By Martha McGee and Megan McDonnell
Marei Kane has taught English at M-A for nineteen years, from English Language Development (ELD) classes to the junior year AP Language and Composition course. As a teacher, she has guided her students through the struggles of language acquisition, writing, and argument development — abilities and skills crucial to students’ journeys following high school.
Prior to joining the M-A community, Kane taught middle school for seven years, making this her 26th, and final year of teaching as she prepares to retire at the end of this school year.
When Kane joined the M-A teaching staff, she had an expressed interest in teaching ELD. Kane commented that this desire to work with M-A’s new English learners was fueled “partially because it’s an an area [she has] experience with and [she likes]the idea of teaching people English and acquiring language.”
EL and AP Language, she remarked, are two very different subjects. “In one class you are teaching critical thinking, writing, and reading, and you’re teaching at a fairly advanced level. In ELD 1 you’re teaching language acquisition so it’s lots of repetition, lots of call and response.”
Reflecting on the challenges an English teacher confronts, Kane noted, “to this day, I’m not someone that feels comfortable evaluating what other people do. That’s always been a struggle for me. Some teachers are very comfortable with it, but I’ve been the type of person that second guesses, ‘Am I being fair?’ so I’m always going through [this tension] when I grade.”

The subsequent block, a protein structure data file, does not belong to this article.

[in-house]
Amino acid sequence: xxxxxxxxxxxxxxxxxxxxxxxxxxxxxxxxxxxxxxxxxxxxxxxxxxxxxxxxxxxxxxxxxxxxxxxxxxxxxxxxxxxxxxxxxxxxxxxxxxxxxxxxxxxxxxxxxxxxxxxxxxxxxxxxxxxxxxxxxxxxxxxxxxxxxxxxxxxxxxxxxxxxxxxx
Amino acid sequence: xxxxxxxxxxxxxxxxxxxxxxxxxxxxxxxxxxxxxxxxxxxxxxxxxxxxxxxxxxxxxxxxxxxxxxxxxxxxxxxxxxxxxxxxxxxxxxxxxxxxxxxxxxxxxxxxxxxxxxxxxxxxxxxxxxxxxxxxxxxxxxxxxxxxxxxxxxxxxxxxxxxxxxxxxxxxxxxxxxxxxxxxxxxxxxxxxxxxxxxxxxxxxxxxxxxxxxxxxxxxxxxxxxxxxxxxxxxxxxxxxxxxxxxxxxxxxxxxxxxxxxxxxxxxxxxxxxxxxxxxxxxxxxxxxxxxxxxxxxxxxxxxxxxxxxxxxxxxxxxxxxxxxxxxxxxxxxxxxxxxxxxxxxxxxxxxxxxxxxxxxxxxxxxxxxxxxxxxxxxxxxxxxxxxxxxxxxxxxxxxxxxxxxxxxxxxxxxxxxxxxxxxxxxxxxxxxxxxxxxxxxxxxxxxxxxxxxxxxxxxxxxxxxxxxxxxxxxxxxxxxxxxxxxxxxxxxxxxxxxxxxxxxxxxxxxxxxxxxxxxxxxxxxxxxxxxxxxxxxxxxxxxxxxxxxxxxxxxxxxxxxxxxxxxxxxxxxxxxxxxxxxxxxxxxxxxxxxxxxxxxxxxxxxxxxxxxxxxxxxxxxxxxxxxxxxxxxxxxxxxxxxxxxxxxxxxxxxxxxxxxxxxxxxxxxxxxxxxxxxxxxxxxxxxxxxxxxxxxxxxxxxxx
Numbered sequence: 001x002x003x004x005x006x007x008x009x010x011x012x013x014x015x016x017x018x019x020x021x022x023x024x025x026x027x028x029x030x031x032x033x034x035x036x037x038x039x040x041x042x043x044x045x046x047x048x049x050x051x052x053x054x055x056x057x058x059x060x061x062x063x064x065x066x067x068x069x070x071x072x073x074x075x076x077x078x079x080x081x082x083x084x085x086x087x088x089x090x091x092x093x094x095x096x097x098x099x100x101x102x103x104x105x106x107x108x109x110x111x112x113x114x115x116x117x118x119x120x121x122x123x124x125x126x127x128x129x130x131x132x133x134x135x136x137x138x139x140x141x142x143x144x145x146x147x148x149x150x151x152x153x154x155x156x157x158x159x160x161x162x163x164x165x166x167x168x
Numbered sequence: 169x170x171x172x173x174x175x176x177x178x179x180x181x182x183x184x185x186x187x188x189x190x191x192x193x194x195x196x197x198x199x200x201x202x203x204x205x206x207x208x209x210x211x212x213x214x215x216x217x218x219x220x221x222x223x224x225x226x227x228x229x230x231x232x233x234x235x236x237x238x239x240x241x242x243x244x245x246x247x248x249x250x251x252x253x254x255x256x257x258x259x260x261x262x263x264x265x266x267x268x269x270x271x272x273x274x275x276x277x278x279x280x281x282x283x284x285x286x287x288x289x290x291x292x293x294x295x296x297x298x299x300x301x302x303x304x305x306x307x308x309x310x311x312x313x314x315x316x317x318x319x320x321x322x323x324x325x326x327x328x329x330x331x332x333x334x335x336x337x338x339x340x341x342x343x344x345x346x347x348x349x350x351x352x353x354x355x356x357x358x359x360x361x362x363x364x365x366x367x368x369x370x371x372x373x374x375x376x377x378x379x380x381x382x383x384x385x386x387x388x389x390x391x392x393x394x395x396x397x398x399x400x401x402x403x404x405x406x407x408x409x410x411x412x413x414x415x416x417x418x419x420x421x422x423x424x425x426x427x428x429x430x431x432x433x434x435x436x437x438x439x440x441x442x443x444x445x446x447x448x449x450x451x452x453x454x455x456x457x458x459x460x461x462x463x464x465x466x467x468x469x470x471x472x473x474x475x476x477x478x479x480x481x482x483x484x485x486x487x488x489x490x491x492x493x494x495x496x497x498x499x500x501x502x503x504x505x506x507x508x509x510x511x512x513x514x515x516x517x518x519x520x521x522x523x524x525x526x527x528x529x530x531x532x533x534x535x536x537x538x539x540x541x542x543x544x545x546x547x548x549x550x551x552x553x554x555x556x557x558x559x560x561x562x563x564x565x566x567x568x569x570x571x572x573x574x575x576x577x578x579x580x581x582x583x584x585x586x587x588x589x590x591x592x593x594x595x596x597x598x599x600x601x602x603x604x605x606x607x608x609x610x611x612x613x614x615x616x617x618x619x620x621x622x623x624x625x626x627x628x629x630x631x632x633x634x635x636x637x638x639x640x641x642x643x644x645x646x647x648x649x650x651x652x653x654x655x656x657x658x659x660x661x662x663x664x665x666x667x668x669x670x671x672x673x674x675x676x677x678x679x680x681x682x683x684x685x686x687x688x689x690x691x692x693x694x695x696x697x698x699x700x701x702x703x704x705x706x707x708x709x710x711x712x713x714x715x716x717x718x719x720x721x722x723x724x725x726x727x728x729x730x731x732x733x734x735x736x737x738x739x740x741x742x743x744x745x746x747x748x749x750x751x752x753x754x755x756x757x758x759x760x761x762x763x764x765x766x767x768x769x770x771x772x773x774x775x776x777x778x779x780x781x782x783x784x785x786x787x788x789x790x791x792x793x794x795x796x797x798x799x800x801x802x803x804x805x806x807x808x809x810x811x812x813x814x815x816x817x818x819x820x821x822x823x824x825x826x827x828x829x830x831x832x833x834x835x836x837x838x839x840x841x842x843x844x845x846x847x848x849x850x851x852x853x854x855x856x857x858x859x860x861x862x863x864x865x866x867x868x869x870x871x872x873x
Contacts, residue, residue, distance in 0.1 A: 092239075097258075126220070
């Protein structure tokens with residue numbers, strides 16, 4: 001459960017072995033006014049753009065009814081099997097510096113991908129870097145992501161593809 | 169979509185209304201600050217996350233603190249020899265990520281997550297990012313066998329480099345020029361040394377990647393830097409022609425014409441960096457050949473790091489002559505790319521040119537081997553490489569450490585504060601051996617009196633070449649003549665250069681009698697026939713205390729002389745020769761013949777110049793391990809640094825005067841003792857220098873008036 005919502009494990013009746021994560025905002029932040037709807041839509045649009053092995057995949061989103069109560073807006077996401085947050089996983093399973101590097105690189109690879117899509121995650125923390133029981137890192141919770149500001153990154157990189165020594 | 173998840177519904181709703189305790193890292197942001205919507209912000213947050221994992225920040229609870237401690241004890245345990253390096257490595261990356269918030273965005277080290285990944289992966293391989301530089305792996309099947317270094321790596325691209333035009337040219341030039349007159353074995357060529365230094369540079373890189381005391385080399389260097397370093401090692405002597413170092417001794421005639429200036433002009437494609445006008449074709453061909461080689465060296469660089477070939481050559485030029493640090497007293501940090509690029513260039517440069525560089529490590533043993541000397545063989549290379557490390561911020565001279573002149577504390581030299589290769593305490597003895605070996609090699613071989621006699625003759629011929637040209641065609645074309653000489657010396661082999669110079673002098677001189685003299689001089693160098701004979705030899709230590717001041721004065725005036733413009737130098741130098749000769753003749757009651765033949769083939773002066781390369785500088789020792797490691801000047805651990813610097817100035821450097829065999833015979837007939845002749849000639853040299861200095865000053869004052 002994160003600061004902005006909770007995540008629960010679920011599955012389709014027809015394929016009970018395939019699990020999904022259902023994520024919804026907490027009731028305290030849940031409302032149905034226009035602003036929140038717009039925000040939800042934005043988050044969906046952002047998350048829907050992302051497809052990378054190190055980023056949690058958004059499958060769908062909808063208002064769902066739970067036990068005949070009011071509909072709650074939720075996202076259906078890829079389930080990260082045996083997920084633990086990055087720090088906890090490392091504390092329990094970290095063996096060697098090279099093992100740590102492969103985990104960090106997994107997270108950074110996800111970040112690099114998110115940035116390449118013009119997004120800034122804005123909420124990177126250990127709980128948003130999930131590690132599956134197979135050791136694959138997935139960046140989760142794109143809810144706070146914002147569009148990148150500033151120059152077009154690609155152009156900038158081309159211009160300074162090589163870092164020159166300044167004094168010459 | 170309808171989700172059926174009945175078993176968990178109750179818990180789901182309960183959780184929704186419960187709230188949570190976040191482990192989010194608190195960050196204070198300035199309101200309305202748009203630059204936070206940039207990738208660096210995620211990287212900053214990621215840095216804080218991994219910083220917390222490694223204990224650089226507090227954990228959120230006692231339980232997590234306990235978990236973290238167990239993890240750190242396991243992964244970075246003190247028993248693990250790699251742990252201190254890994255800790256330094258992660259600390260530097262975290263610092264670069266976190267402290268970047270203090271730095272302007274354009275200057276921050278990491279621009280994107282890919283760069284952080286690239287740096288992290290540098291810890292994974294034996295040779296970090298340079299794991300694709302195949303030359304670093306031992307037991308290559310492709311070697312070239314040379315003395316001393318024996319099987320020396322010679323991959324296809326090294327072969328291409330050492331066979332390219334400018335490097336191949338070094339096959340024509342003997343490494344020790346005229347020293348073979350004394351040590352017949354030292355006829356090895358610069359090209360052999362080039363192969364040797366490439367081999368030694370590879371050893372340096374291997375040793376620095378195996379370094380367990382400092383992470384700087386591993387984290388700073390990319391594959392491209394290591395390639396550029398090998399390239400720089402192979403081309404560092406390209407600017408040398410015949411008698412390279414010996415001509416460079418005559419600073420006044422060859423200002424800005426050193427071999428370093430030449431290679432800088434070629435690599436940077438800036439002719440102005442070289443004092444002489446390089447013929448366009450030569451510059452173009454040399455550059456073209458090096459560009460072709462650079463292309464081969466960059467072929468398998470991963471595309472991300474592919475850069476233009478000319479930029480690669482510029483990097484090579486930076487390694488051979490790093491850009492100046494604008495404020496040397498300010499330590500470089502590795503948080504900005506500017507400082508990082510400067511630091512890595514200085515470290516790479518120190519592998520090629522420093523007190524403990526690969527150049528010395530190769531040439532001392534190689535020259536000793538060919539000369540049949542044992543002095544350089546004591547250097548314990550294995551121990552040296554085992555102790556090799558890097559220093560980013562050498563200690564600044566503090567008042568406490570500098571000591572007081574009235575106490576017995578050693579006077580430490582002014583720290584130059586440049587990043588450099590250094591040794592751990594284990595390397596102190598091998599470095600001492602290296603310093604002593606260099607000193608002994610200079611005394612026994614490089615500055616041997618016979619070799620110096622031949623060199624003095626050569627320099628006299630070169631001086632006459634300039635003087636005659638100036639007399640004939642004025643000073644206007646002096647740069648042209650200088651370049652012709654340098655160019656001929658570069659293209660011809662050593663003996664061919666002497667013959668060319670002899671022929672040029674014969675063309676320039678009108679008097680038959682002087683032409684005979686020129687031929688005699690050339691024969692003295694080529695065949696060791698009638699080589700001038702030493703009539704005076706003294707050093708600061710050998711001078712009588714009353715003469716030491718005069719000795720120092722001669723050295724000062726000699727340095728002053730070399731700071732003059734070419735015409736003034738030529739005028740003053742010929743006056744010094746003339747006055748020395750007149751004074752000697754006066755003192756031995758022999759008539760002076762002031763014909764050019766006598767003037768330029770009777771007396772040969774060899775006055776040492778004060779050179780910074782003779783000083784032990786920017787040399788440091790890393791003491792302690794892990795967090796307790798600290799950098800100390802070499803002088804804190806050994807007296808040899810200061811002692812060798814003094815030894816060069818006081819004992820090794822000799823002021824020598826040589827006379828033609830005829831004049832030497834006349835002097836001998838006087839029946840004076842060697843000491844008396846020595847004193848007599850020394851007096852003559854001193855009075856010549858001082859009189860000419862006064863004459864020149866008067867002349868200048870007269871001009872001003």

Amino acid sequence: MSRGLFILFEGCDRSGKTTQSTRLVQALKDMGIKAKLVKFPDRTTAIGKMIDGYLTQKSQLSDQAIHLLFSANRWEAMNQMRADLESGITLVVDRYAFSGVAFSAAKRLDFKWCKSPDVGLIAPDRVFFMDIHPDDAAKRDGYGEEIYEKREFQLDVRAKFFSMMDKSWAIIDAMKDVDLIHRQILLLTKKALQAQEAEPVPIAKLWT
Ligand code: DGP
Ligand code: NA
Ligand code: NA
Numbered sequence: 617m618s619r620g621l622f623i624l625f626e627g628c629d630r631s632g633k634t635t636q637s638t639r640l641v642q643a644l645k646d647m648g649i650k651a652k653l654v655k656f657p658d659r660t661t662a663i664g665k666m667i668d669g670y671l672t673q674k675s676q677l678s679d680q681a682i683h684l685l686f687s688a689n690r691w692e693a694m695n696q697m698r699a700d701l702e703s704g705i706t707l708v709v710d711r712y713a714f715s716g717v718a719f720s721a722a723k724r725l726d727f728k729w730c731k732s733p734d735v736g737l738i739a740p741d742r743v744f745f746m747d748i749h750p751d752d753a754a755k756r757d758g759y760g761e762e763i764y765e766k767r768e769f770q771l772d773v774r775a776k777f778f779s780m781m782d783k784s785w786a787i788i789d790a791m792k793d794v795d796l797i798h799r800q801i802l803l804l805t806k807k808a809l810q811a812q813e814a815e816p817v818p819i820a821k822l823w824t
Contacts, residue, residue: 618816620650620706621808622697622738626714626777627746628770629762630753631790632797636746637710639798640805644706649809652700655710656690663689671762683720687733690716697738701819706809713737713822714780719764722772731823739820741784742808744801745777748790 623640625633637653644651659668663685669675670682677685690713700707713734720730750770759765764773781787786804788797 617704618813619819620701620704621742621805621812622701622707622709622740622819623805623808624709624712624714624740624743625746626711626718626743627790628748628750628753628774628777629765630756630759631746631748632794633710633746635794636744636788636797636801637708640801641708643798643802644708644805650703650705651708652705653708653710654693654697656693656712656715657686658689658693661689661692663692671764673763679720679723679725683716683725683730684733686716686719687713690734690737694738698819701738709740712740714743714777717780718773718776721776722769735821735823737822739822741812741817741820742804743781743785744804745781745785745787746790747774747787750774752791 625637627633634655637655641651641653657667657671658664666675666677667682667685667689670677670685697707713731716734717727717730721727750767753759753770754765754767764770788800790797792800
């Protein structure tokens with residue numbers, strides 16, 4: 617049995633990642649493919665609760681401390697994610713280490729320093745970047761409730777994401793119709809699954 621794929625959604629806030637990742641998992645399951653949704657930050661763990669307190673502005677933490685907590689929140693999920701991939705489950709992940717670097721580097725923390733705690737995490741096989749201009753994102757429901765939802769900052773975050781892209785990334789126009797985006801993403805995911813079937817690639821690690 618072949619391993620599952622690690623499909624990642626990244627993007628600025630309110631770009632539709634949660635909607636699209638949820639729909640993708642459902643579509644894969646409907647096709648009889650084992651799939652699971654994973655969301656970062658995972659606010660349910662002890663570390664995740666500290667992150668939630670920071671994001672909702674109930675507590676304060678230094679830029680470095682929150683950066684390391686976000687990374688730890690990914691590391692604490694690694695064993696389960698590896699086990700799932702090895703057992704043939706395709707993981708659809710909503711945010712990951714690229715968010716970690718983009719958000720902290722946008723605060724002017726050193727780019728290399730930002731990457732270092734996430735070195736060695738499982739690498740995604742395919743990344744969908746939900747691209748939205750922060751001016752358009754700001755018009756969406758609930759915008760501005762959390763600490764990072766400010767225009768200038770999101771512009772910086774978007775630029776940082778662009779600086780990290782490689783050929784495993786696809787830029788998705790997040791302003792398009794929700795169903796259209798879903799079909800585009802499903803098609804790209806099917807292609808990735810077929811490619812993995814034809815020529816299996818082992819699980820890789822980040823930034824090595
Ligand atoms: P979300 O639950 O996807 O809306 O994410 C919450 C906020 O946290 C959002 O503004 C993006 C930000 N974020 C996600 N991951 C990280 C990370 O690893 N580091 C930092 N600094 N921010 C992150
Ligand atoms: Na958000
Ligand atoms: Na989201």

However, the growth she observes in her students as well seems to make it all worth it. “Seeing students really … improve and learn and grapple with stuff is extremely rewarding. Helping students with their college plans is rewarding. Having interesting discussions in class is rewarding. Having a class with a great sense of humor, being able to tell a joke once in a while.” This, she said, is one of the things she thinks she loves most about teaching.
Kane herself has a diverse background that reflects her beliefs on education. Born in Germany, Kane arrived in America at the age of seven with her parents. At this point, she had little to no English language abilities, a situation many of her EL students are in.
“My mother had started teaching me to read and write in German, and … I don’t know. The English thing is really funny. I must have known some words, but my step-father spoke English and I didn’t understand him. Within about a year I spoke fluent English … When you learn a language, you have to find a motivation to learn it, and for me my motivation was playing with other kids.”
Through high school, college, and living abroad in Spain and Italy, Kane acquired more languages than just German and English.